Our accommodation was in one small village near the city of Dorsten, and it was quite well connected by the buses. Even though we expected the city, because that was part of the deal, this location itself was almost perfect. It was a separate place, very quiet and peaceful, surrounded by the woods, and in the middle of the place, there was a huge lake.
If someone asked me to tell only one, the biggest skill that I learned during my stay in Germany, that was definitely ADROITNESS. Although, it was not my first time to spent time in Germany, it was definitely the longest one. I am also very proud of fact that I improved my German language (English language too), even though I took every opportunity to talk in the German language.
In general, Germany is a very developed country, with a lot of opportunities. At every step, you can learn something new. Everything is the same but also on the other hand, different. There have been a lot of anecdotes and since I’m a huge car fan, I took every possibility to explore their cars (they have very good taste in them). One Sunday, while we were walking and exploring nearby cities, my girlfriend asked me how their cars sound so strange, different. They were not producing much noise like the ones in my country. At that moment, you realize how they are environmentally conscious. There were not many plastic bags in the shops; it is very common to use paper bags or to carry your groceries in your hands. Also, at the work, I met some amazing people from all over the world: Russia, Poland, Serbia, Morocco, the Republic of Ghana, Turkey, Macedonia, Somalia, etc. Almost all of them were very friendly, and we had a great time together.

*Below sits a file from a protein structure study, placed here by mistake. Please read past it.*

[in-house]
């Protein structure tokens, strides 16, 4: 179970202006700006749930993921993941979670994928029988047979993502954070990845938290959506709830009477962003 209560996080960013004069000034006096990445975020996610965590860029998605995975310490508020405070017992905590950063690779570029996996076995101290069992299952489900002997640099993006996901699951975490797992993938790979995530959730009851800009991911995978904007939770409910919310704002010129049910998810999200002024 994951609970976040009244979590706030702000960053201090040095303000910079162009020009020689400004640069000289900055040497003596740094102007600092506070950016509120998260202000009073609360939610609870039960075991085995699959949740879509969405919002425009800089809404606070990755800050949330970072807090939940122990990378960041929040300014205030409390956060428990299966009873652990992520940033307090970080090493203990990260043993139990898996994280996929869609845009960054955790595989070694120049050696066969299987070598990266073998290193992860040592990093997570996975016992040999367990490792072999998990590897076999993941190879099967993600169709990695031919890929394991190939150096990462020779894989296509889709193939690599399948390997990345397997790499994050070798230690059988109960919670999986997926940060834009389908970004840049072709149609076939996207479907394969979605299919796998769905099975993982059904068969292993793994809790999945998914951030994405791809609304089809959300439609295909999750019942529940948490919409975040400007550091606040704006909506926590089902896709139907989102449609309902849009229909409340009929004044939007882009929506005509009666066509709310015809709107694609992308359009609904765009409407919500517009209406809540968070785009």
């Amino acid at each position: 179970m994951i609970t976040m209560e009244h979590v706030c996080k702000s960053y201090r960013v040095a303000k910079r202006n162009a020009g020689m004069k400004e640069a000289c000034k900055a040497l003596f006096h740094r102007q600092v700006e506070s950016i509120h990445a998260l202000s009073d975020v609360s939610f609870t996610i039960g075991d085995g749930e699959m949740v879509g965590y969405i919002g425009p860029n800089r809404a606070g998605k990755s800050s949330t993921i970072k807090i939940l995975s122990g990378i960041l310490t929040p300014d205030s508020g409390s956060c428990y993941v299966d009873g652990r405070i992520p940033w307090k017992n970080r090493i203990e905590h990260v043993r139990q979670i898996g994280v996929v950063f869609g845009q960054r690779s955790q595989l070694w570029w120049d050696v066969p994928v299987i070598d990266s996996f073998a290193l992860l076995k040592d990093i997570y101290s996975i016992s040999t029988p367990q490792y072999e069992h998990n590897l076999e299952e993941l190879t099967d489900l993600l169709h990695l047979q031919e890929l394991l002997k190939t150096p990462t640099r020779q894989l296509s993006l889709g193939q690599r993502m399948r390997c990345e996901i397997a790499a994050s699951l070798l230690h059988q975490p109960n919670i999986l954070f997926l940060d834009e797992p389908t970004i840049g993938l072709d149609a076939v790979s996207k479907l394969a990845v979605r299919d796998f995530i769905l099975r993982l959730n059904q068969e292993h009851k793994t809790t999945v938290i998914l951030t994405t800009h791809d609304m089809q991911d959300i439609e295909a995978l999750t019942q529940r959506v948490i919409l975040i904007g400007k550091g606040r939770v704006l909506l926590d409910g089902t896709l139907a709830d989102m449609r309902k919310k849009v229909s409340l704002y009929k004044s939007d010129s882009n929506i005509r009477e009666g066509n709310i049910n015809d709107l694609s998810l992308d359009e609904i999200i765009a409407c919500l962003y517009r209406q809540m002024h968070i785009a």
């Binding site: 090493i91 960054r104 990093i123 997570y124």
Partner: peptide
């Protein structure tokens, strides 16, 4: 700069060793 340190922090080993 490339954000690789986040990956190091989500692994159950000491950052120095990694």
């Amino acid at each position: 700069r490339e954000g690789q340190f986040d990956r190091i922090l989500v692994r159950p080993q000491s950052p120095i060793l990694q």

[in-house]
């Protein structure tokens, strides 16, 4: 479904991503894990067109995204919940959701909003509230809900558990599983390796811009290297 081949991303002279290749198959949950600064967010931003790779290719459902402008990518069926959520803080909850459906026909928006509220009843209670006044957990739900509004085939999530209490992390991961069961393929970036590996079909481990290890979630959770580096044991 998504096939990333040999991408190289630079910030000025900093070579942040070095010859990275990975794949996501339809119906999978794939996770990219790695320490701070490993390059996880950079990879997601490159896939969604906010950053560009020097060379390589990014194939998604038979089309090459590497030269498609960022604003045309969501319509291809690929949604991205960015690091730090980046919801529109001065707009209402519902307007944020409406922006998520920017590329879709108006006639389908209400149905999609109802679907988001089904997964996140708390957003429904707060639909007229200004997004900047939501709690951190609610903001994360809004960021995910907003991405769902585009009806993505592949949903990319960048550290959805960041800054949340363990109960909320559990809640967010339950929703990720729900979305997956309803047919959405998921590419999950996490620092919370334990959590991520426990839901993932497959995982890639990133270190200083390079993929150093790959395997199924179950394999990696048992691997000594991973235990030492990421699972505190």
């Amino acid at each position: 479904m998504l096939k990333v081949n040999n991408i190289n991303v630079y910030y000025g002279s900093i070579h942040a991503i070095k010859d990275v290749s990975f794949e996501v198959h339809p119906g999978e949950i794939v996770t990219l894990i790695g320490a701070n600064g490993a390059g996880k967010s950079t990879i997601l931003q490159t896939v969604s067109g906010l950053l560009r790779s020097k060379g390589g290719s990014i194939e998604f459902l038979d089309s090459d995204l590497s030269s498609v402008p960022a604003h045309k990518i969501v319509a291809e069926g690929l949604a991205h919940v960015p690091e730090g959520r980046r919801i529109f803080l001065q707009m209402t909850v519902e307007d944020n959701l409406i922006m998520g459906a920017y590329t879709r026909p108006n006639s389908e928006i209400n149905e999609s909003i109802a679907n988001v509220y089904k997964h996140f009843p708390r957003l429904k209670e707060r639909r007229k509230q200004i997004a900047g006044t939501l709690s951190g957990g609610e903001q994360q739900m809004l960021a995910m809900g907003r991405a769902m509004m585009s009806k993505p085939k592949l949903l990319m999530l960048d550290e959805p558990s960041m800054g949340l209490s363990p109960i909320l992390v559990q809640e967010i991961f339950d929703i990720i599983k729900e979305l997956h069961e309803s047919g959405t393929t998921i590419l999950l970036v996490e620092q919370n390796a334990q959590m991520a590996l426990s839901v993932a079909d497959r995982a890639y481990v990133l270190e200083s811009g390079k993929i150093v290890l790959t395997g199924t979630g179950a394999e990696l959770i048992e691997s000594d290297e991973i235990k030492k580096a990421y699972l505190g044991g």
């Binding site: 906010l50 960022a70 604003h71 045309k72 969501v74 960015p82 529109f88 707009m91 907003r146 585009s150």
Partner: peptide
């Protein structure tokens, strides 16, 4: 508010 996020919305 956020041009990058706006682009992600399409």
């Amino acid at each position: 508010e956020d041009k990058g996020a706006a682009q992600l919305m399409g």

All in all, after all problems, it was an amazing experience for me, I learned a lot of new stuff, gained some skills, earned some money, explored a lot of German cities, including Bochum, Dortmund, Dorsten, Essen, etc. I would recommend to all students to experience something like this. As an addition to your CV, foreign work is very much an option and looks excellent to potential employers. It also offers an excellent opportunity to expand your experience with foreign languages, something that is even more important in these days of multi-national commerce. One more thing, if someone is serious about doing something like this, I highly recommend exploring all options, doing some research to avoid agencies like mine, reading all positive and negative reviews, and the most important thing, getting in touch with students who have already worked there. I would like to attach some of the photos from Working Holiday Germany experience so that you can get a glance at what I have experienced there and see how amazing experience it was for me.
By Adnan Karzic